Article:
“Not now Bernard” - the Mike & The Mechanics story retold by Alan Hewitt.
It is now somewhat incredible to believe that Mike & The Mechanics are now almost thirty five years old and still going strong! Yes, that little part-time outfit that Mike put together to plug the gaps between his work with Genesis is now his main musical outlet as Genesis are on indefinite hiatus.
The story cannot be told however, without at least acknowledging what came before it. Casting our minds back to 1979 when Genesis took a well deserved break and Phil Collins in particular, took time out to try and resolve his marital issues, both Mike and Tony Banks finally opted to try their hands at solo albums. The time was right for them both and the resulting albums: Tony’s A Curious Feeling (1979) and Mike’s Smallcreep’s Day (1980) are both rightly regarded as being two of the best solo offerings from any member of Genesis. Sadly, recording and touring duties with Genesis forestalled the possibility that we may have seen Mike performing material from it.
By the time it came to Mike’s second solo album, 1982’s Acting very Strange, in a quirk of fate, he, Tony and indeed Anthony Phillips were all to release albums in the 1982-83 period which featured them performing the bulk or all of the vocals themselves. In Mike’s case with Acting Very Strange, this proved to be a mixed blessing indeed. His rough and raspy vocal style lent itself more readily to songs like Maxine and Half Way There but there was never any likelihood of Mike taking to the road in support of this album, especially as, once more, recording and touring activities with Genesis were to keep him occupied throughout the mid Eighties.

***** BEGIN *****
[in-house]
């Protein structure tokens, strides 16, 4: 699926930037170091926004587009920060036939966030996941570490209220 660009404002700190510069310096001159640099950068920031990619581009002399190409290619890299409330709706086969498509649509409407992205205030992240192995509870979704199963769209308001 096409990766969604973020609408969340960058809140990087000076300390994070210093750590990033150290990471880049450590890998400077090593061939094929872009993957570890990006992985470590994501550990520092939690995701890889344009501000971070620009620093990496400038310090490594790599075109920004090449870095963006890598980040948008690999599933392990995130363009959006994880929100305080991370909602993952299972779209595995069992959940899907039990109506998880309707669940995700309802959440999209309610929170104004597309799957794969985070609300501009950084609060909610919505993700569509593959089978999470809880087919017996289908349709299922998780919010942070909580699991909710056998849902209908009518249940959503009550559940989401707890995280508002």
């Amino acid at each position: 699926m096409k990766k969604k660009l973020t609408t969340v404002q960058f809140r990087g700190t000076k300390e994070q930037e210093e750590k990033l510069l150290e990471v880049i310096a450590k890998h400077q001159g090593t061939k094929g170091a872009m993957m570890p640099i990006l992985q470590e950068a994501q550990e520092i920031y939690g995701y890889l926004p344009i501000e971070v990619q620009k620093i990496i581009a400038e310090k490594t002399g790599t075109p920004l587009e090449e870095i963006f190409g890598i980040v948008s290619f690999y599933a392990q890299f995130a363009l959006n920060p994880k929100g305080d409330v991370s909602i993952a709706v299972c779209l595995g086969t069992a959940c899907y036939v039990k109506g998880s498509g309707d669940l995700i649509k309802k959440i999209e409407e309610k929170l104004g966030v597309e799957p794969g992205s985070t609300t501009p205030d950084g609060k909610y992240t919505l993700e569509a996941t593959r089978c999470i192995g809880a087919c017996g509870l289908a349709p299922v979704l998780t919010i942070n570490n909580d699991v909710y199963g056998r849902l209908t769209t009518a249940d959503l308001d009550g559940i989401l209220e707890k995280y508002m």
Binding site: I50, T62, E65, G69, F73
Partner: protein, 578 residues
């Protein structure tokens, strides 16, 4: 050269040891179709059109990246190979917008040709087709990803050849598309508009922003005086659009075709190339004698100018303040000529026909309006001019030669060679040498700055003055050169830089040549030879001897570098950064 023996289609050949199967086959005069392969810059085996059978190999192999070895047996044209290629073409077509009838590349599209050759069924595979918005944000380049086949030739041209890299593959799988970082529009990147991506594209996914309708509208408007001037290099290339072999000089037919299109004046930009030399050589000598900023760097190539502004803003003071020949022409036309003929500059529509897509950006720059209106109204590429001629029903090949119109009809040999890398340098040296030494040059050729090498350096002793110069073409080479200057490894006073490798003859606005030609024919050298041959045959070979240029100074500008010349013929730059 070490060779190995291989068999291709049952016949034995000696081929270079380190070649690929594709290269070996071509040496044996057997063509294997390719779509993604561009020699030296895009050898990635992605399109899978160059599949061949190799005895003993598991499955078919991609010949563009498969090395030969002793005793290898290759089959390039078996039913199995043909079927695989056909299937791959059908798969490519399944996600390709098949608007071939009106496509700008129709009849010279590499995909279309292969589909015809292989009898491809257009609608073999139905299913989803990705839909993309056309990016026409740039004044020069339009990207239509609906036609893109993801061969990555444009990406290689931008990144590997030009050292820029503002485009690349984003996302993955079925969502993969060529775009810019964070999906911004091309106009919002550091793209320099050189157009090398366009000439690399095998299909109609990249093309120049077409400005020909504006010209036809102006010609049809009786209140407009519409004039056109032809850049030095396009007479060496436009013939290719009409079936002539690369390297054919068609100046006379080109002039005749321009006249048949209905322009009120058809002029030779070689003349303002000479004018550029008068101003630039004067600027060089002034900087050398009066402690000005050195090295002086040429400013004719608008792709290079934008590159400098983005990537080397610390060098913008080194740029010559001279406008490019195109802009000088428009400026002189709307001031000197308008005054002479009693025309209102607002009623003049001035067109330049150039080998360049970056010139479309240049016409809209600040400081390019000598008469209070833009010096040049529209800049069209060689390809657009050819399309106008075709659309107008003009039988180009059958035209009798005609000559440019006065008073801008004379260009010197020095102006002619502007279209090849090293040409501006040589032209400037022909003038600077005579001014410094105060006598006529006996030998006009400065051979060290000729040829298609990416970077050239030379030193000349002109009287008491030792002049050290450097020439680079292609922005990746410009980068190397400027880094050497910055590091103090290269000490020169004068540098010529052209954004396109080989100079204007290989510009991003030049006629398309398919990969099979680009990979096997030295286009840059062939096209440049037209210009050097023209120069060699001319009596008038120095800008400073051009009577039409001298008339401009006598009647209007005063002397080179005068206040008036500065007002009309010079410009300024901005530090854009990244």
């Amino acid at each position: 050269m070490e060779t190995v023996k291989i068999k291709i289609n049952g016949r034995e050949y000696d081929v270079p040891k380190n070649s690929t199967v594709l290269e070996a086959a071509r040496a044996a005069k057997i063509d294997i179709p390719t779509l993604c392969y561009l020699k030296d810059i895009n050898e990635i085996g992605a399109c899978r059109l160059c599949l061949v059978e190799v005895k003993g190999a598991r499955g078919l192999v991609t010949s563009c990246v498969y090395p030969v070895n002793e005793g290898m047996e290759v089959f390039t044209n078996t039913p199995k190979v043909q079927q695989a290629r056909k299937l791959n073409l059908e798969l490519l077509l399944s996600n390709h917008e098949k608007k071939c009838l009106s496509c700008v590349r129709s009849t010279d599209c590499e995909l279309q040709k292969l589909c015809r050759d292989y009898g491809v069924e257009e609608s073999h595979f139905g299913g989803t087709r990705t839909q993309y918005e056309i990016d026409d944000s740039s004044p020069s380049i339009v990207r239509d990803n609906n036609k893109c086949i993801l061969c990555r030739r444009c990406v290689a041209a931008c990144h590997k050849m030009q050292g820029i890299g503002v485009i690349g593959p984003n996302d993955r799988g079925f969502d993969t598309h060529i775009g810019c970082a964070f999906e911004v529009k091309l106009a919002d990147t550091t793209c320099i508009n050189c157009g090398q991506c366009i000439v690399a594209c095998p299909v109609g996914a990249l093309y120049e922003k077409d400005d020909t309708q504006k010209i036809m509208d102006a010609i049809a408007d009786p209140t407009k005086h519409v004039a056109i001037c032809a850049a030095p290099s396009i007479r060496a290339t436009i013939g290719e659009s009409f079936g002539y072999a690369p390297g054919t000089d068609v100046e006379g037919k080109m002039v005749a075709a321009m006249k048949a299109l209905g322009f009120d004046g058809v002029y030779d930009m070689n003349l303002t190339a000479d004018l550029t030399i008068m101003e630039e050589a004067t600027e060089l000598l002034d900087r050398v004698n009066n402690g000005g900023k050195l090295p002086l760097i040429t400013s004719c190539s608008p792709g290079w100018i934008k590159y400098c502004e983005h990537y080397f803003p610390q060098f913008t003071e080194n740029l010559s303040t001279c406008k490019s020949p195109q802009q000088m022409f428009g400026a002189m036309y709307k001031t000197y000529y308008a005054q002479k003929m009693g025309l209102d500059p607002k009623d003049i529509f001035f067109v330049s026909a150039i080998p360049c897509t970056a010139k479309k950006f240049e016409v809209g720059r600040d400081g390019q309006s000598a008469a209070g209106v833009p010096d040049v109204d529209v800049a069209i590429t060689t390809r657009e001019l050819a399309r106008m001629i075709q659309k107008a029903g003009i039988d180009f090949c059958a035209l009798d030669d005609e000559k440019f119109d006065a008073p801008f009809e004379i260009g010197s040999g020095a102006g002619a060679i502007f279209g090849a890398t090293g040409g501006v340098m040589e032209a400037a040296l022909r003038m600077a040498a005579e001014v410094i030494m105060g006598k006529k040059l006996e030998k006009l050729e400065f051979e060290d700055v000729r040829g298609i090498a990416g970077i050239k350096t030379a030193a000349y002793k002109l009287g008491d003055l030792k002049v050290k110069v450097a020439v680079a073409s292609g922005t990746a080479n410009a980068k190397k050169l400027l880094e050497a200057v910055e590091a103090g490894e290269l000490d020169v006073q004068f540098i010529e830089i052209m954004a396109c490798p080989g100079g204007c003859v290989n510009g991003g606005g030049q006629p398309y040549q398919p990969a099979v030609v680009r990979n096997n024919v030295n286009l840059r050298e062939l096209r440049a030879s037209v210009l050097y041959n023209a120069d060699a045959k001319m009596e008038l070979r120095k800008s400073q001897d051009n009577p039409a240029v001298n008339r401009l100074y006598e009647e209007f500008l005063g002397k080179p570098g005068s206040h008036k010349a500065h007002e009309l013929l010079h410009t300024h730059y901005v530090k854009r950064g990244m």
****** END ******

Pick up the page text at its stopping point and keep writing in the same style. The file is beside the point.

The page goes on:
|The somewhat negative experience of Acting Very Strange meant that once Mike did decide to try his hand at another solo project he asked Jon Crawley to suggest some songwriters for him to work with. Jon came up with B A Robertson and Chris Neil - that pairing proved to be inspired and together with Mike they spent the summer of 1984 working material into shape. Then came the awkward realisation that, now that the songs were in shape, they had to have someone to sing them as there was no way Mike was going to do that again after the Acting Very Strange experience. Fortune smiled on the project once again as B A Robertson knew Paul Young who was then fronting Sad Café who were, by this stage of their career past their best. And Chris Neil was friendly with Paul Carrack, one of Sheffield’s finest vocalists with a string of bands, albums and hit singles under his belt.|
The pair were duly invited to audition and try out the material to see what was the best fit. It soon became apparent that in these two singers, Mike had not only struck gold but also had given the band a character all of its own. How many bands do you know that have two singers and two of such quality?
|Both Mike and Paul Carrack related the beginnings of the band to TWR and here is what they had to say about its beginnings…
“I had met him a long time before actually, at the time he was recording his first solo album and he kind of interviewed me I guess, as a prospective singer on that but in the end Noel McCalla got the job on that one. Anyway, the second time around it was really through B A Robertson who was writing songs with Mike and I had just been helping him out on some of his demos and he asked if I would be interested in signing a couple of songs and I said sure, and I just went down to The Farm and that’s how it came about…”